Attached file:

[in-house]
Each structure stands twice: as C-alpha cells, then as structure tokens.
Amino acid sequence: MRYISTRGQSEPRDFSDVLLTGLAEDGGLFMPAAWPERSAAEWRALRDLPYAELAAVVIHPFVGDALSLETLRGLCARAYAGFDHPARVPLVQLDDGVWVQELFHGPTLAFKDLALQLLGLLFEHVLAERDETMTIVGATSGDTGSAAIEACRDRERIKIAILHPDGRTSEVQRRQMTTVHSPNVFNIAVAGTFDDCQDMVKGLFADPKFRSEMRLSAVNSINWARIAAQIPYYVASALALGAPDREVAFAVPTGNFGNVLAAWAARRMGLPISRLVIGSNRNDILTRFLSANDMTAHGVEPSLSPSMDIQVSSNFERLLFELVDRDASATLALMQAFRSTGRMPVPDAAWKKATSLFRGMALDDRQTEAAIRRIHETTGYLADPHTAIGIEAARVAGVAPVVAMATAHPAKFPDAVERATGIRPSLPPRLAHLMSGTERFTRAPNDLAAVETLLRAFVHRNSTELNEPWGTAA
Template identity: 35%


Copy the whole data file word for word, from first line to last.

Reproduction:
[in-house]
Each structure stands twice: as C-alpha cells, then as structure tokens.
Amino acid sequence: MRYISTRGQSEPRDFSDVLLTGLAEDGGLFMPAAWPERSAAEWRALRDLPYAELAAVVIHPFVGDALSLETLRGLCARAYAGFDHPARVPLVQLDDGVWVQELFHGPTLAFKDLALQLLGLLFEHVLAERDETMTIVGATSGDTGSAAIEACRDRERIKIAILHPDGRTSEVQRRQMTTVHSPNVFNIAVAGTFDDCQDMVKGLFADPKFRSEMRLSAVNSINWARIAAQIPYYVASALALGAPDREVAFAVPTGNFGNVLAAWAARRMGLPISRLVIGSNRNDILTRFLSANDMTAHGVEPSLSPSMDIQVSSNFERLLFELVDRDASATLALMQAFRSTGRMPVPDAAWKKATSLFRGMALDDRQTEAAIRRIHETTGYLADPHTAIGIEAARVAGVAPVVAMATAHPAKFPDAVERATGIRPSLPPRLAHLMSGTERFTRAPNDLAAVETLLRAFVHRNSTELNEPWGTAA
Template identity: 35%